What Is Transfer Learning? – The Role of Transfer Learning in Building Powerful Generative AI Models

Machine learning is hard work. Sure, it only takes a few minutes to knock out a simple tutorial where you’re training an image classifier on the famous iris dataset, but training a big model to do something truly valuable – like interacting with customers over a chat interface – is a much greater challenge.

Transfer learning offers one possible solution to this problem. By making it possible to train a model in one domain and reuse it in another, transfer learning can reduce demands on your engineering team by a substantial amount.

Today, we’re going to get into transfer learning, defining what it is, how it works, where it can be applied, and the advantages it offers.

Let’s get going!

What is Transfer Learning in AI?

In the abstract, transfer learning refers to any situation in which knowledge from one task, problem, or domain is transferred to another. If you learn how to play the guitar well and then successfully use those same skills to pick up a mandolin, that’s an example of transfer learning.

Speaking specifically about machine learning and artificial intelligence, the idea is very similar. Transfer learning is when you pre-train a model on one task or dataset and then figure out a way to reuse it for another (we’ll talk about methods later).

If you train an image model, for example, it will tend to learn certain low-level features (like curves, edges, and lines) that show up in pretty much all images. This means you could fine-tune the pre-trained model to do something more specialized, like recognizing faces.

Why Transfer Learning is Important in Deep Learning Models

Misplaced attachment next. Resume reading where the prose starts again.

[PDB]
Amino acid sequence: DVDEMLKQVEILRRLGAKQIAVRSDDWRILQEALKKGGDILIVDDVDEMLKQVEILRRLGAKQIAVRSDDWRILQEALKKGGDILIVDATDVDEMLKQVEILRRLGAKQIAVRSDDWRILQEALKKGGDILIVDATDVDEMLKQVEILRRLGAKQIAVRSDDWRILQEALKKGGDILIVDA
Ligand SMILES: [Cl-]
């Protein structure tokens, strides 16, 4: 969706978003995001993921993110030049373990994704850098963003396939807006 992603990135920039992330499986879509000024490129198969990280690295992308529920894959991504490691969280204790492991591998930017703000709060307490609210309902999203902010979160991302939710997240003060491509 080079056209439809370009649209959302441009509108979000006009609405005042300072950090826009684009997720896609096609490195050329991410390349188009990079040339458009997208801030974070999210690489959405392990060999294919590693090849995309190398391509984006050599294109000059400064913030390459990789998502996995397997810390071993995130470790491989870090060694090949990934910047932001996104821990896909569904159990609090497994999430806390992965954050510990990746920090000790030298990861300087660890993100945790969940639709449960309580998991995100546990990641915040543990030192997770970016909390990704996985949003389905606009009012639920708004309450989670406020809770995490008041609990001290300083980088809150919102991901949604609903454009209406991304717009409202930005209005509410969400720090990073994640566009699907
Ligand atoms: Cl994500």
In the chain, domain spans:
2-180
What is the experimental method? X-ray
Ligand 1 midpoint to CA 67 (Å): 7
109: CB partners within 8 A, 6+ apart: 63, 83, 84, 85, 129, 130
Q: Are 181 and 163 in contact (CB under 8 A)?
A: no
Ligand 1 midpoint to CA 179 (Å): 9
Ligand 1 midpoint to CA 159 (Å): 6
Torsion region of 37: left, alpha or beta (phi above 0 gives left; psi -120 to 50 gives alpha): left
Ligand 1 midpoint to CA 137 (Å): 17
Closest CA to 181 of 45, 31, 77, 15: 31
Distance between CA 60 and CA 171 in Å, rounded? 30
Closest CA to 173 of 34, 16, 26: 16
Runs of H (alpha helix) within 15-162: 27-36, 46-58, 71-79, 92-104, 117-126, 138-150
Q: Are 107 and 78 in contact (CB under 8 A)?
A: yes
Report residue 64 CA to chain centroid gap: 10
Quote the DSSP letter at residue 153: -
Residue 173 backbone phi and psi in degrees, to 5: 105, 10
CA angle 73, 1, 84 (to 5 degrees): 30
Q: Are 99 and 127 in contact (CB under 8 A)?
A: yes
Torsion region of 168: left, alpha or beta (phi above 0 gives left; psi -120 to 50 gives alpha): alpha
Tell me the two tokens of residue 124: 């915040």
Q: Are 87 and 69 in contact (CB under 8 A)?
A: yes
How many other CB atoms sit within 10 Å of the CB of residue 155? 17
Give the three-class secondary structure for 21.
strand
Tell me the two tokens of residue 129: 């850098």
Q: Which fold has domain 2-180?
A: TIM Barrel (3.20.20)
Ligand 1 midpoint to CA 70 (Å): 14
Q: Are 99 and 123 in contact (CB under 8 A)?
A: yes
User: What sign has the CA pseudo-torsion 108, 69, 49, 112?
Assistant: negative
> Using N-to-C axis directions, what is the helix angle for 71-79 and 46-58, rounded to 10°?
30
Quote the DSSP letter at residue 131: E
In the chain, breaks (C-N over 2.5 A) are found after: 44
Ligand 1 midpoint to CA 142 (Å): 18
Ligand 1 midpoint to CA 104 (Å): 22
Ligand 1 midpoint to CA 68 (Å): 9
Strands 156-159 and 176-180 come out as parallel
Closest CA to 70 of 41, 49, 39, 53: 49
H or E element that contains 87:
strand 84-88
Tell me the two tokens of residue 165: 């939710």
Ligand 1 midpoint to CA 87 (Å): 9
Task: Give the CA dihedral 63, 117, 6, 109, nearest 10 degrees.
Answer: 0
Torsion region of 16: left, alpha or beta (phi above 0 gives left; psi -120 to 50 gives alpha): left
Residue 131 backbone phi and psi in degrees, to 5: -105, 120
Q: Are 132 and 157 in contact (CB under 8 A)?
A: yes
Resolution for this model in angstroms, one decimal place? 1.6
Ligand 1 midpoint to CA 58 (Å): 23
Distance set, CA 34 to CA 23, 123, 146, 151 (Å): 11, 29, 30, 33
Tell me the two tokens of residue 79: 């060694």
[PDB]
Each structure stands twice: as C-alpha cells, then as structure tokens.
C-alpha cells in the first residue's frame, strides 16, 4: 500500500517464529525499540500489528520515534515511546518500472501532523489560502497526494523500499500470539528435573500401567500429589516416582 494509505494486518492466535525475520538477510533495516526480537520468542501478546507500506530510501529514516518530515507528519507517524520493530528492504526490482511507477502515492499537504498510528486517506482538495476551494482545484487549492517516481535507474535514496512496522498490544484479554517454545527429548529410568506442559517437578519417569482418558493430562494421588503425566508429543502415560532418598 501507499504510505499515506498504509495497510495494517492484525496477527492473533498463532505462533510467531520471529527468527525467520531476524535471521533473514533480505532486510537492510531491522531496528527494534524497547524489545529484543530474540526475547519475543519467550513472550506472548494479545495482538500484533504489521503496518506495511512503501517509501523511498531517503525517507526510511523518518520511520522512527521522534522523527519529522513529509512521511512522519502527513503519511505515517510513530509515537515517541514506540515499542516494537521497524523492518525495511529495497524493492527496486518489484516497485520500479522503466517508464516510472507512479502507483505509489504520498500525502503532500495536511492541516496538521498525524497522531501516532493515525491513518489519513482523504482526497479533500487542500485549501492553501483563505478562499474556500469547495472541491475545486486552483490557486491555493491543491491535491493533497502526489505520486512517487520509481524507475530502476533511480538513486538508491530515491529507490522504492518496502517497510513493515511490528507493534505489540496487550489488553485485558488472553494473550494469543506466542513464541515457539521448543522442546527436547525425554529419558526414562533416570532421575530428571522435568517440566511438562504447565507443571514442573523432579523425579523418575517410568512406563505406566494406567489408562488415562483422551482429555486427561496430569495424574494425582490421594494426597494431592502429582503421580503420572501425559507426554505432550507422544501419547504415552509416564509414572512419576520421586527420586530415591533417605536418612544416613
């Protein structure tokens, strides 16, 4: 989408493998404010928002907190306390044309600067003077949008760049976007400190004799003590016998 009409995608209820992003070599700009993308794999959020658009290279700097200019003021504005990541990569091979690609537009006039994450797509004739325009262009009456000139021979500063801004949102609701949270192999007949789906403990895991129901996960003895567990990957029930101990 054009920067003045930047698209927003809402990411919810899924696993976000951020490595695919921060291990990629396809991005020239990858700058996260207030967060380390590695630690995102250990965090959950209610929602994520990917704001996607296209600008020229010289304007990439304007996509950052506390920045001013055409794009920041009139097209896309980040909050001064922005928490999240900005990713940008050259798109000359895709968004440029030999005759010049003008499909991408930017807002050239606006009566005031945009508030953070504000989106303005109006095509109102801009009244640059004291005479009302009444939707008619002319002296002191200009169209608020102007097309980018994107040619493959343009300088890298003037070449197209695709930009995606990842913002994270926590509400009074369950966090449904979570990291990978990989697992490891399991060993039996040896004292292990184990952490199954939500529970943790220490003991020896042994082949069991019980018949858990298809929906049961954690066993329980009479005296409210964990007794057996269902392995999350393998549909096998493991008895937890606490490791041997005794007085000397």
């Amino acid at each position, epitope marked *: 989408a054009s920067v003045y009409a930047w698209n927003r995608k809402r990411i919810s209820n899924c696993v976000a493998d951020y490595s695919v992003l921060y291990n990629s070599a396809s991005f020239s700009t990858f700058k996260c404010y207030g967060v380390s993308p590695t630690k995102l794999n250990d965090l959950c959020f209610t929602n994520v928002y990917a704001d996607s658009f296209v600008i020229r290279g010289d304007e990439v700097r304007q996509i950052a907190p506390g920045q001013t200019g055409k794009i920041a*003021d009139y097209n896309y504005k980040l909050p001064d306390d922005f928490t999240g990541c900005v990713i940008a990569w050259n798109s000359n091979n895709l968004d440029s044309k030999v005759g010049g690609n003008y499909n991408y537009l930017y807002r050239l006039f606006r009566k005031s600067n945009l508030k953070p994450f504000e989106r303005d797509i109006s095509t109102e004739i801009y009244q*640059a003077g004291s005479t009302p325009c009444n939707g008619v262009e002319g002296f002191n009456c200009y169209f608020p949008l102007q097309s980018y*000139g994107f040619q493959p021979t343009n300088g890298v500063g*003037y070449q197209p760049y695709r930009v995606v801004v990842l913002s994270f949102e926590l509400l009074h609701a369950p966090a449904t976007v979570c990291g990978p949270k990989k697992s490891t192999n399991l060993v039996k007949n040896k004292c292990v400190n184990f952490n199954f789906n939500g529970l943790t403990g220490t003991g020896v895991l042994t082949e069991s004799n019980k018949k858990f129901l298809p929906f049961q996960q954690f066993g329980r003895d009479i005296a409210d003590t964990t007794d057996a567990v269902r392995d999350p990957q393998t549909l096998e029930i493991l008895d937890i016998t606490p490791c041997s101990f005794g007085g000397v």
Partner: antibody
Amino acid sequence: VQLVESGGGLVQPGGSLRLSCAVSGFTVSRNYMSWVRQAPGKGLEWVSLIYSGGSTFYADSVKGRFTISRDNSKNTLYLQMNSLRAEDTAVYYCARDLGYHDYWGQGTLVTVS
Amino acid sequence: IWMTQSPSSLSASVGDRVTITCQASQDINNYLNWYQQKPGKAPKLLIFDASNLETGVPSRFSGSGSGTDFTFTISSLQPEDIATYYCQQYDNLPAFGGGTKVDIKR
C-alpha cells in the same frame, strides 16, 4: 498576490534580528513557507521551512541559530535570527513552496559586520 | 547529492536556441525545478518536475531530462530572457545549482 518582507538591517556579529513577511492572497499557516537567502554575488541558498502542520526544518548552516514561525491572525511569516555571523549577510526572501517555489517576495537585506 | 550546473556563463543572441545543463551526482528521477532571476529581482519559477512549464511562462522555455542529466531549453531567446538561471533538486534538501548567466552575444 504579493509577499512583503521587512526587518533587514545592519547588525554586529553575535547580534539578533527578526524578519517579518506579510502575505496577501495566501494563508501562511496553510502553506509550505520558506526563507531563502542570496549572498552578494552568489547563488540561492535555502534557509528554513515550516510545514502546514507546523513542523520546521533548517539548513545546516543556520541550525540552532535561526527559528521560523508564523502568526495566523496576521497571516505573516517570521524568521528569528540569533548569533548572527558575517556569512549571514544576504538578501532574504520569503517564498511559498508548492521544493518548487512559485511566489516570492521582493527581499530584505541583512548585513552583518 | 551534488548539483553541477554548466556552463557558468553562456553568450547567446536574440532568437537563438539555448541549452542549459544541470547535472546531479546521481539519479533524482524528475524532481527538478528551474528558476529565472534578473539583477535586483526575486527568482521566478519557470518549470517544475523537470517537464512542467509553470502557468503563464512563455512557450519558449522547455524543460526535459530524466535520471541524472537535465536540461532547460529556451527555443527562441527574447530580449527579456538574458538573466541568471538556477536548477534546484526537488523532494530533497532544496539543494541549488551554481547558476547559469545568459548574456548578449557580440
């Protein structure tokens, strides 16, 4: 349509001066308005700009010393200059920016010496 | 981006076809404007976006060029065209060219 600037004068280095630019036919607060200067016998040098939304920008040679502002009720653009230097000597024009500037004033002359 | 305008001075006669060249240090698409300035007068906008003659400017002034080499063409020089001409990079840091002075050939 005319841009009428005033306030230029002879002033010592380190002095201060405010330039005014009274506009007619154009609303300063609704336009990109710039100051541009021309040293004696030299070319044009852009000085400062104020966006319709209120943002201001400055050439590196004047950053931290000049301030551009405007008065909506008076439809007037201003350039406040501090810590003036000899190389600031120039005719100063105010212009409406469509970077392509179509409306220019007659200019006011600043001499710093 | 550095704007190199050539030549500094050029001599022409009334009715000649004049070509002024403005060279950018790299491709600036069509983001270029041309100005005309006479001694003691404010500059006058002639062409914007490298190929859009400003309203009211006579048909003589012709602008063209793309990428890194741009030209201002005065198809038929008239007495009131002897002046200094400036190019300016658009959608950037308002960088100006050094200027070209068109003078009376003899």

Building a deep neural network requires serious expertise, especially if you’re doing something truly novel or untried.

Transfer learning, while far from trivial, is simply not as taxing. GPT-4 is the kind of project that could only have been tackled by some of Earth’s best engineers, but setting up a fine-tuning pipeline to get it to do good sentiment analysis is a much simpler job.

By lowering the barrier to entry, transfer learning brings advanced AI into reach for a much broader swath of people. For this reason alone, it’s an important development.

Transfer Learning vs. Fine-Tuning

And speaking of fine-tuning, it’s natural to wonder how it’s different from transfer learning.

The simple answer is that fine-tuning is a kind of transfer learning. Transfer learning is a broader concept, and there are other ways to approach it besides fine-tuning.

What are the 5 Types of Transfer Learning?

Broadly speaking, there are five major types of transfer learning, which we’ll discuss in the following sections.

Domain Adaptation

Under the hood, most modern machine learning is really just an application of statistics to particular datasets.

The distribution of the data a particular model sees, therefore, matters a lot. Domain adaptation refers to a family of transfer learning techniques in which a model is (hopefully) trained such that it’s able to handle a shift in distributions from one domain to another (see section 5 of this paper for more technical details).